My daughter and I are taking an online course on Post-Impressionism through the Museum of Modern Art. It’s wonderful. The first lecture began with a segment on the Parisian salon system, the Academic painters and the Impressionists. Why? Because in order to understand what the Post-Impressionists were trying to do, it was critical to understand what they were responding to—what they were taking from, and rejecting of, the artists whose work most influenced theirs.
It reminds me of a Barenaked Ladies song that I love called “It’s All Been Done Before.” Is it possible to be just plain original, without any reference to what predates you?
“And if I put my fingers here, and if I say
‘I love you, dear’
And if I play the same three chords,
Will you just yawn and say
It’s all been done
It’s all been done
It’s all been done before”
I’m thinking about this because as this semester draws to a close I have to confess I’ve never heard the word cliché used as frequently as I have this fall. I have a group of wildly talented students, many of them quite young, and I’ve been surprised at how definitively certain story elements have been dismissed as “clichéd” in critiques of both published and peer work. Avoiding cliché seems to be a particular part of their collegiate training, an aspect of writing they take very seriously, as seriously as they take character development and plotting and voice.
These are good students. Smart, engaged, talented. So I have to ask: Is it a teaching weakness that I’ve never thought about cliché in terms of story? This is an honest question. I am certainly aware of clichéd phrasing, of words and clauses so overused that they’ve lost their meaning. But ideas? Can ideas be clichéd? I’d never considered this before.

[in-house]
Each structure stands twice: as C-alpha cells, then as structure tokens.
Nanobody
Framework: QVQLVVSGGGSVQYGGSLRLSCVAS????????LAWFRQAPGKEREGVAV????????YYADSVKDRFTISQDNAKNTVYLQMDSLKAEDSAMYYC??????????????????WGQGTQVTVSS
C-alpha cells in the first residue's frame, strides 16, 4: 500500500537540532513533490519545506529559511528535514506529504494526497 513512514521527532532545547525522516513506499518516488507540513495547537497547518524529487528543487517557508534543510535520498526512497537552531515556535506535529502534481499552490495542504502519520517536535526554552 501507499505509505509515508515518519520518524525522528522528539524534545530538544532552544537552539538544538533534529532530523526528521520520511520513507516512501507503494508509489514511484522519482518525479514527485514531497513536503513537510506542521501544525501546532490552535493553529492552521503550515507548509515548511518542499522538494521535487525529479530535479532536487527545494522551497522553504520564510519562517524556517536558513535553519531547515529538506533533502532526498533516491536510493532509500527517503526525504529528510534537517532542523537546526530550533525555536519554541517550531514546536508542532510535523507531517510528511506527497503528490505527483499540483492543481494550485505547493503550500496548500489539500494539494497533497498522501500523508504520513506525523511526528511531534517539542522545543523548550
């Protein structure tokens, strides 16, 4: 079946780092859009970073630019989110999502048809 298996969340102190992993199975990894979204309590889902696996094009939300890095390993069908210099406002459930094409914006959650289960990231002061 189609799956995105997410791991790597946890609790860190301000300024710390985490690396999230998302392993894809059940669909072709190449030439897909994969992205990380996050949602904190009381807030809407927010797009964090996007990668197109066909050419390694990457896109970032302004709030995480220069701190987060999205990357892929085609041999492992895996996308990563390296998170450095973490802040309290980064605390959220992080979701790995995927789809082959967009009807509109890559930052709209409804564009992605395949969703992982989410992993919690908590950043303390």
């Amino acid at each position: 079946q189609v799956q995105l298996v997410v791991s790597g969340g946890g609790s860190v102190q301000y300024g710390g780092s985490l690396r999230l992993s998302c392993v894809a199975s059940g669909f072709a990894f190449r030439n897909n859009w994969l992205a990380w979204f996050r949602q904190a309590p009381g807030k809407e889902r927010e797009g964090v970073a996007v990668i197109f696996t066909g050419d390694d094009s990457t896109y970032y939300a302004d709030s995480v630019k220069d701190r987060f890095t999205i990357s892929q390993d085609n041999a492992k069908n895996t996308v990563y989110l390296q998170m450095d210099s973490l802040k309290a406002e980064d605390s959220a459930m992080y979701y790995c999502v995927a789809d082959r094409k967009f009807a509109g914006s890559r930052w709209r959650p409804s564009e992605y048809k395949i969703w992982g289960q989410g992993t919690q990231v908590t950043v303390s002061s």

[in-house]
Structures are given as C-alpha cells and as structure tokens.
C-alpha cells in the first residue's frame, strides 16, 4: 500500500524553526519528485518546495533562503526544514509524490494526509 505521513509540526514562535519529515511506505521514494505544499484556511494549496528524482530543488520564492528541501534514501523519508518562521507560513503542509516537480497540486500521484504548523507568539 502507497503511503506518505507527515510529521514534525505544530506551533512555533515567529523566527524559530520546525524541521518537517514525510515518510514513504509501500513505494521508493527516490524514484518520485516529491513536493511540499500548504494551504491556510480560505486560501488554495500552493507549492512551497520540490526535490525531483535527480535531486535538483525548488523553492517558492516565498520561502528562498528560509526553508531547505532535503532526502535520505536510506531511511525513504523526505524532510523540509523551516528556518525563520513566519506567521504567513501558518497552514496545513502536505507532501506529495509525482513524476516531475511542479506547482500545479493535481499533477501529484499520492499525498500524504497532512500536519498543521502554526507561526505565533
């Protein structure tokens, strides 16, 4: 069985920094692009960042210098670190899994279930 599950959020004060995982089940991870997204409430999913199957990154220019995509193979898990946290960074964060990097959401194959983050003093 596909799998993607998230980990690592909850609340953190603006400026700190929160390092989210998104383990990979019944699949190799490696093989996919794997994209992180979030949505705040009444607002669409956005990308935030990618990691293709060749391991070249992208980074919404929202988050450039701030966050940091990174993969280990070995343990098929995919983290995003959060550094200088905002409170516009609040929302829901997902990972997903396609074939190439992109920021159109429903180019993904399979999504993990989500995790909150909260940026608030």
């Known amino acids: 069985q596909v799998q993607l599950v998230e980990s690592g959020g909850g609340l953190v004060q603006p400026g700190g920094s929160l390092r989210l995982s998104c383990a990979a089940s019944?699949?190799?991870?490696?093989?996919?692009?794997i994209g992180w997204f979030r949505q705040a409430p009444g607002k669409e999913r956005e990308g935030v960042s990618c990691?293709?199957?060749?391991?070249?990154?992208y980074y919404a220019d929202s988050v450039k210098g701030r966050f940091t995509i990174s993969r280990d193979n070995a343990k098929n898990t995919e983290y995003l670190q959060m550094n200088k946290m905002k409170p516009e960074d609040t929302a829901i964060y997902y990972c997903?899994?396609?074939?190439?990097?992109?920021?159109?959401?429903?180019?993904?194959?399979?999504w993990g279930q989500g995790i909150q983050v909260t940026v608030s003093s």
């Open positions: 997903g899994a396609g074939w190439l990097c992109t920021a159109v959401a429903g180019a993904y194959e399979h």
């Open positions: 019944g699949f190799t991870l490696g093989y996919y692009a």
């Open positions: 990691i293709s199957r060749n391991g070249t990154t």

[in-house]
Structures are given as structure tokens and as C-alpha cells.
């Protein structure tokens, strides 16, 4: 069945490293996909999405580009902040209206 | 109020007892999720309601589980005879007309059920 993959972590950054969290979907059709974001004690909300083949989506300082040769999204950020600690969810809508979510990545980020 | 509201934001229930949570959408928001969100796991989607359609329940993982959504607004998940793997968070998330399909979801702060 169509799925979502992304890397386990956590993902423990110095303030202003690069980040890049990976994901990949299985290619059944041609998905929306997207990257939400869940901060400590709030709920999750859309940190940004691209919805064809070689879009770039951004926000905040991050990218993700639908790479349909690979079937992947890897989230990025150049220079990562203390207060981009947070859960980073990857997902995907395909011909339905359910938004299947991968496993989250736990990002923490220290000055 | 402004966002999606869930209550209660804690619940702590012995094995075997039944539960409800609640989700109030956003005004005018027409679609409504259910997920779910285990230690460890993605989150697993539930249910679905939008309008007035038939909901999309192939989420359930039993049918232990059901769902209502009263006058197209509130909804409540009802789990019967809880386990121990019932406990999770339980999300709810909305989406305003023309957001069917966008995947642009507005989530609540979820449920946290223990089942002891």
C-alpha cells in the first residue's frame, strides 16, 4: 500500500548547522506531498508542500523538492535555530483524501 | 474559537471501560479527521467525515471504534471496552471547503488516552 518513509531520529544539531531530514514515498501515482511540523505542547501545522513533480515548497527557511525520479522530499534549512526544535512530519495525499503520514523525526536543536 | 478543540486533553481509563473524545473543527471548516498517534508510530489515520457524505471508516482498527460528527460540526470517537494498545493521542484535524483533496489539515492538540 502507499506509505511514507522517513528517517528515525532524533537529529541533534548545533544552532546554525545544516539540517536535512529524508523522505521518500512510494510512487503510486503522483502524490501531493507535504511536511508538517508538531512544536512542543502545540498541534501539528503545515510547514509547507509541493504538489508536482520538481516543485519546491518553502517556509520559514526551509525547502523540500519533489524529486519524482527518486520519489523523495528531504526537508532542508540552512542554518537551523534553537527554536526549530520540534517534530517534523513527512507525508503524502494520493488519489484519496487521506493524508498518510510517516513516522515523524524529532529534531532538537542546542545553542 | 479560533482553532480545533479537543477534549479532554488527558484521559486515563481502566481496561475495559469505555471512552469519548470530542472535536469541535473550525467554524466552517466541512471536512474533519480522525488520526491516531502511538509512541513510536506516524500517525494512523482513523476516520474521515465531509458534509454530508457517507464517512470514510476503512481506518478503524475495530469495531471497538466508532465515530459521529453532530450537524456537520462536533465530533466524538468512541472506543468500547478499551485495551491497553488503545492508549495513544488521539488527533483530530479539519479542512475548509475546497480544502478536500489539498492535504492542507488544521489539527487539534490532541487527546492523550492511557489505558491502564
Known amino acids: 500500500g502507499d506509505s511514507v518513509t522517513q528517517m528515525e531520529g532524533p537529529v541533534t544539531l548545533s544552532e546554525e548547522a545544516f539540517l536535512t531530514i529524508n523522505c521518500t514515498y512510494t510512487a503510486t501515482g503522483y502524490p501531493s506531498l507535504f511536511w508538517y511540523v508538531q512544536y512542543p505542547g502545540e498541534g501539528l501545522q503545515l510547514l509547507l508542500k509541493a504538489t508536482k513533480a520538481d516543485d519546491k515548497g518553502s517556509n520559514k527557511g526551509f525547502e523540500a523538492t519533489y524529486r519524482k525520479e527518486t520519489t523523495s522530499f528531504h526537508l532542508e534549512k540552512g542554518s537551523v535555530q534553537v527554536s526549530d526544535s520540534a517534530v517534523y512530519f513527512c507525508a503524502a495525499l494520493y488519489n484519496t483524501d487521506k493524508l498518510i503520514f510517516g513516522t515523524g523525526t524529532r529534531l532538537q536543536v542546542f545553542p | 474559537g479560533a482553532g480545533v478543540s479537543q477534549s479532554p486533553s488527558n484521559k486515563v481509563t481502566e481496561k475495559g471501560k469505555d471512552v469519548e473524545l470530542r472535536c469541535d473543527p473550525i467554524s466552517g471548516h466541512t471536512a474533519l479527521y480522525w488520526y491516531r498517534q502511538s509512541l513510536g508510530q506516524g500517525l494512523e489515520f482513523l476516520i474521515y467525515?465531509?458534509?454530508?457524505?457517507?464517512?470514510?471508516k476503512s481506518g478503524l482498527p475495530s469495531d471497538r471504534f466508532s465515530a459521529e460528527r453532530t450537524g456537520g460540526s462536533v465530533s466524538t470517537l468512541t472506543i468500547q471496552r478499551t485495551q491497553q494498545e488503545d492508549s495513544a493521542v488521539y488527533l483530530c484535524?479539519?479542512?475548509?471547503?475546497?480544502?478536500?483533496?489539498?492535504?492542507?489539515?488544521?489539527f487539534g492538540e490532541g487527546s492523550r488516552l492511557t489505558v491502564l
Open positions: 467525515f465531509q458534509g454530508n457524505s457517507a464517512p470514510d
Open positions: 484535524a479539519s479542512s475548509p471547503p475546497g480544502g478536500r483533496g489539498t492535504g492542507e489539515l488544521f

I guess I think that many things I found uninteresting or distasteful in my twenties—the way skin looks as it ages, the way compromise in marriage is both fear-based and courageous, the way people aren’t fully good or fully bad, the way sane people can do insane things—are now aspects of life I find deeply moving, even comforting. And certain kinds of missed connections in love or acts of rebellion no longer do much for me; I’ve watched so many people fall in and out of love, so many people reject or come to terms with “the Man,” that I’m not instinctively drawn to those stories any more. They’re no longer the stories I seek out in my free reading time. I am in the phase of life where endurance moves me most.
I’ve outgrown Salinger. I’ve probably outgrown Fitzgerald. But I love Dickens more than ever, can finally enjoy Melville. My interests are different. Still, on one level, I think I’ve been consistent.
I do think that I have always been drawn to TRUTH. To writing that creates realities on the page. I can be interested in absolutely anything, no matter the subject (a necessary strength for a teacher of fiction!), if the writing is good. If the voice is TRUE. (I think this is what we often call “heat,” as in “There’s heat in this story; you should keep working on it.”) And I wonder, very much, whether there are ideas we outgrow as we age, or if it’s just that different truths are apparent to us. I’d love to hear what others think.